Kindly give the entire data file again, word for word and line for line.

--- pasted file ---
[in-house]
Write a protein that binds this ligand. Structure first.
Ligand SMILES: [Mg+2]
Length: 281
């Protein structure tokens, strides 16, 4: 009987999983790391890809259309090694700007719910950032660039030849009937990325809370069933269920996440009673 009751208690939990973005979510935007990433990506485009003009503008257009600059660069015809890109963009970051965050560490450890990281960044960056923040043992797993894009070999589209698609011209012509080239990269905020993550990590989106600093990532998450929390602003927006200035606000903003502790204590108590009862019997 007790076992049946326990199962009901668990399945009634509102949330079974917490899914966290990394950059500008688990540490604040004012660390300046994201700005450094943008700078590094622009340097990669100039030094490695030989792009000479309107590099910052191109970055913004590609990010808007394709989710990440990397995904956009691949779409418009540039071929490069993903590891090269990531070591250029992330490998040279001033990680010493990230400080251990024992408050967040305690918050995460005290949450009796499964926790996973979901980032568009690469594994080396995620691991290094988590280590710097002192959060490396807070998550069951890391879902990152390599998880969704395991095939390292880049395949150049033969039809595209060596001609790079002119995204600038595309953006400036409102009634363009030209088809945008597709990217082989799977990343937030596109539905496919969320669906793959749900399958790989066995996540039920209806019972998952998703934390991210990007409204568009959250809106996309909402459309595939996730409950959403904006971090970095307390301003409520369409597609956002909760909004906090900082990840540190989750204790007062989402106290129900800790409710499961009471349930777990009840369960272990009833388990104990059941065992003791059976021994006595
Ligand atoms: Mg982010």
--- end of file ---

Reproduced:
[in-house]
Write a protein that binds this ligand. Structure first.
Ligand SMILES: [Mg+2]
Length: 281
């Protein structure tokens, strides 16, 4: 009987999983790391890809259309090694700007719910950032660039030849009937990325809370069933269920996440009673 009751208690939990973005979510935007990433990506485009003009503008257009600059660069015809890109963009970051965050560490450890990281960044960056923040043992797993894009070999589209698609011209012509080239990269905020993550990590989106600093990532998450929390602003927006200035606000903003502790204590108590009862019997 007790076992049946326990199962009901668990399945009634509102949330079974917490899914966290990394950059500008688990540490604040004012660390300046994201700005450094943008700078590094622009340097990669100039030094490695030989792009000479309107590099910052191109970055913004590609990010808007394709989710990440990397995904956009691949779409418009540039071929490069993903590891090269990531070591250029992330490998040279001033990680010493990230400080251990024992408050967040305690918050995460005290949450009796499964926790996973979901980032568009690469594994080396995620691991290094988590280590710097002192959060490396807070998550069951890391879902990152390599998880969704395991095939390292880049395949150049033969039809595209060596001609790079002119995204600038595309953006400036409102009634363009030209088809945008597709990217082989799977990343937030596109539905496919969320669906793959749900399958790989066995996540039920209806019972998952998703934390991210990007409204568009959250809106996309909402459309595939996730409950959403904006971090970095307390301003409520369409597609956002909760909004906090900082990840540190989750204790007062989402106290129900800790409710499961009471349930777990009840369960272990009833388990104990059941065992003791059976021994006595
Ligand atoms: Mg982010």